Sea Shepherd calls on Queensland to dump shark nets
SEA Shepherd Australia has called on the Queensland Government to follow NSW and remove the shark nets along its coast.
NSW Department of Primary Industries minister Niall Blair announced the second NSW North Coast net trial would come to an end after several sightings of protected humpback whales migrating along the east coast.
NSW also removes shark nets from their other 51 sites during the whale migration season.
Sea Shepherd Australia representative Jonathan Clark said Sea Shepherd welcomed news that shark nets would be removed.
"Whale tourism is an important industry in Queensland with some of the finest whale watching tours available in centres from the Gold Coast to Hervey Bay and to Cairns and Port Douglas,” he said.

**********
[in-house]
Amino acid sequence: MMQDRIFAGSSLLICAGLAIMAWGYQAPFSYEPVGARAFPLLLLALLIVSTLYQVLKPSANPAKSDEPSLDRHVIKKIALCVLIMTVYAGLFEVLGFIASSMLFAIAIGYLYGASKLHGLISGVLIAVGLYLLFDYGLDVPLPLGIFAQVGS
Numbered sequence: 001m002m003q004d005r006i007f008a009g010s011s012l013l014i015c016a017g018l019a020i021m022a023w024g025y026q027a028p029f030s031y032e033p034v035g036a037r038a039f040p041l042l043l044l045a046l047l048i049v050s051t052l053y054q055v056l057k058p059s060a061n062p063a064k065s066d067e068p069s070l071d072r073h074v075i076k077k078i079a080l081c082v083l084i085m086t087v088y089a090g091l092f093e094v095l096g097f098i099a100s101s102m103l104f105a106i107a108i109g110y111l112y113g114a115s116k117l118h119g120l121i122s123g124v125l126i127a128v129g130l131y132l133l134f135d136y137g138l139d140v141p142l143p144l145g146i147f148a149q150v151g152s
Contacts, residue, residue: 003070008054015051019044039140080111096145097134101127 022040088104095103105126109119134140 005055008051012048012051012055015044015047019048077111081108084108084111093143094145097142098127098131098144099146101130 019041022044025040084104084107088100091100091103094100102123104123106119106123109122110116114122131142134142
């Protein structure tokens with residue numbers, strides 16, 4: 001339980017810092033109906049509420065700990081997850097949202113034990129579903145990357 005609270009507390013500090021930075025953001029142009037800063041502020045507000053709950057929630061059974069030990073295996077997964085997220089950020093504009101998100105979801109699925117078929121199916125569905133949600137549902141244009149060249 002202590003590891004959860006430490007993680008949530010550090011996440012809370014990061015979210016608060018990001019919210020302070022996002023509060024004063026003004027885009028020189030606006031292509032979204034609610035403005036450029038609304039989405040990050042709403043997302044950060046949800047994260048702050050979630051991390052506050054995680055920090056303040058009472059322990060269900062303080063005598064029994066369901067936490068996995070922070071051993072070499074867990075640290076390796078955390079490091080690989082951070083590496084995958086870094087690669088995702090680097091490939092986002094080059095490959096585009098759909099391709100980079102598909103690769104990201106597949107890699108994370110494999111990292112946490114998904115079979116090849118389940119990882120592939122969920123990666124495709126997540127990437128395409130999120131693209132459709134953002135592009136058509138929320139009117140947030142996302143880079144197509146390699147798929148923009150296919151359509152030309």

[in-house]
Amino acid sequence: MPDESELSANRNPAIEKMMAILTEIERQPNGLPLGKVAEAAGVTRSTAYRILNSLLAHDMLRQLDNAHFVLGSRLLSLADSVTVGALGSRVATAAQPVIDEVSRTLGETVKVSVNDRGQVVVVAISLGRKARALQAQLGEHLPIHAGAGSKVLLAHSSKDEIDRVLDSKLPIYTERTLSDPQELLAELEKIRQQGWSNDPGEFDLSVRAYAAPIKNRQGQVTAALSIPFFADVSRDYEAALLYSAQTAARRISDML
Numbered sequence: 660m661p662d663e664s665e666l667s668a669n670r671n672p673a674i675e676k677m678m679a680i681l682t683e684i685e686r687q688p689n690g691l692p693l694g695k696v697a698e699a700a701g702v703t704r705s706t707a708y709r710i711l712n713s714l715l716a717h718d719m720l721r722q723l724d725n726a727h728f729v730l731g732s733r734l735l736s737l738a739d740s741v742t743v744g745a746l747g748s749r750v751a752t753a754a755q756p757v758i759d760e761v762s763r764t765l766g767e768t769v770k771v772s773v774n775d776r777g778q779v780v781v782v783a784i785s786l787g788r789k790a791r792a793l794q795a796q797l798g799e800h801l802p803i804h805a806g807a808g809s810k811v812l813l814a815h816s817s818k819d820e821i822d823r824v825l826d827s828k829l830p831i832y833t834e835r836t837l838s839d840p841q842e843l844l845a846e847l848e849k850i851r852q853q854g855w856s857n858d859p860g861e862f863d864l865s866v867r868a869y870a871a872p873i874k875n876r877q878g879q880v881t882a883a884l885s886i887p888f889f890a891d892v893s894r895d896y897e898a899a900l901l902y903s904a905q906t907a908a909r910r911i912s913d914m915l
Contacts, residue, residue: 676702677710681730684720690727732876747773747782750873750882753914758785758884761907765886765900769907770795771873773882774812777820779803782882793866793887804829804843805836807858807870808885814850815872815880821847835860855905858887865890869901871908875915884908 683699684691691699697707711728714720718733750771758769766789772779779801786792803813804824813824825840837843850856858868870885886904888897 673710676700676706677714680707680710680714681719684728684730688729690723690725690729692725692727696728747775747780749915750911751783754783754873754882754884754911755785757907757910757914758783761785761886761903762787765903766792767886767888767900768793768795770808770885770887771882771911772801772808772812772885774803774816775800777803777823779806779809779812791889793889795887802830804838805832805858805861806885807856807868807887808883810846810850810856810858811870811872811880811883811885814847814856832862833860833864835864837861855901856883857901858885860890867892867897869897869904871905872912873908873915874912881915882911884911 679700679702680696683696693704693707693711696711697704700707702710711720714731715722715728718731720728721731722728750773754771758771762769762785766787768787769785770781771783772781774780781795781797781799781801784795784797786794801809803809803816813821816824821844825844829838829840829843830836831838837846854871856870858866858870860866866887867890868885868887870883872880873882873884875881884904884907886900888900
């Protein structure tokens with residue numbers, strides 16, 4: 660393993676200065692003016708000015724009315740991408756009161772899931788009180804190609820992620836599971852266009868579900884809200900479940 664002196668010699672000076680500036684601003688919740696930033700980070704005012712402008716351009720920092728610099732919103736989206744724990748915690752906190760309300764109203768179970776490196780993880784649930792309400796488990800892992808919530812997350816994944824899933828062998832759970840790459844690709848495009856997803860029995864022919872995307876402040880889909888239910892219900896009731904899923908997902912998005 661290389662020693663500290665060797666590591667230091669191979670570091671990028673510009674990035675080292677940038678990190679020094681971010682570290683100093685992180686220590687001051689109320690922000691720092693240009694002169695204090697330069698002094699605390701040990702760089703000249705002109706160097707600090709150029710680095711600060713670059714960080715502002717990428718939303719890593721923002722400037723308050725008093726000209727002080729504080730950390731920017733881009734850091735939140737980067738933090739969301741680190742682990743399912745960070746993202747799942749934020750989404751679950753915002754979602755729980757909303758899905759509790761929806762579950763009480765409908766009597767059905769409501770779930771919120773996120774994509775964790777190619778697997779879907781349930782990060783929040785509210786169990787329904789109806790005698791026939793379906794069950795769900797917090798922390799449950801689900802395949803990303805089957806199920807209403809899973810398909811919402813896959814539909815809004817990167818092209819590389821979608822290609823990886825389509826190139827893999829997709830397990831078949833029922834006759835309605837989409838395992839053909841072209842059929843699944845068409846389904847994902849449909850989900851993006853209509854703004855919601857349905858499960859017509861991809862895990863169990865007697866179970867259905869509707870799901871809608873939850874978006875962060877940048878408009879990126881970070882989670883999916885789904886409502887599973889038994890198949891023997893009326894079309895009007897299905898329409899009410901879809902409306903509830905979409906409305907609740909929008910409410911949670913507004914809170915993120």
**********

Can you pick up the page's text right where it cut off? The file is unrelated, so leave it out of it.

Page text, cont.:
"Locals and tourists want to see these animals swimming freely without the risk of entanglement,” said Mr Clark.
"We saw possibly 11 entanglements in Queensland Shark Control Program gear last year with a whale calf killed at Kurrawa in a shark net.
"Whilst NSW is removing gear to prevent whale entanglements, Queensland continues at the peril of these majestic marine mammals.”
A Fisheries Queensland spokesperson said the Queensland Government's Shark Control Program operates at 85 of Queensland's most popular beaches.
"More than $3.5 million each year is invested into this important initiative to keep swimmers, surfers and visitors to our famous beaches safe,” the spokesperson said.
"The Queensland Government will not compromise safety and will not reduce the protection that shark nets and drum lines provide to surfers and swimmers.
"The Queensland Department of Agriculture and Fisheries continues to monitor the progress of alternative shark deterrent technology trials being conducted in New South Wales.
"If new technologies are shown to be effective in preventing marine life fatalities and are practical for use, they will be considered as part of the program.”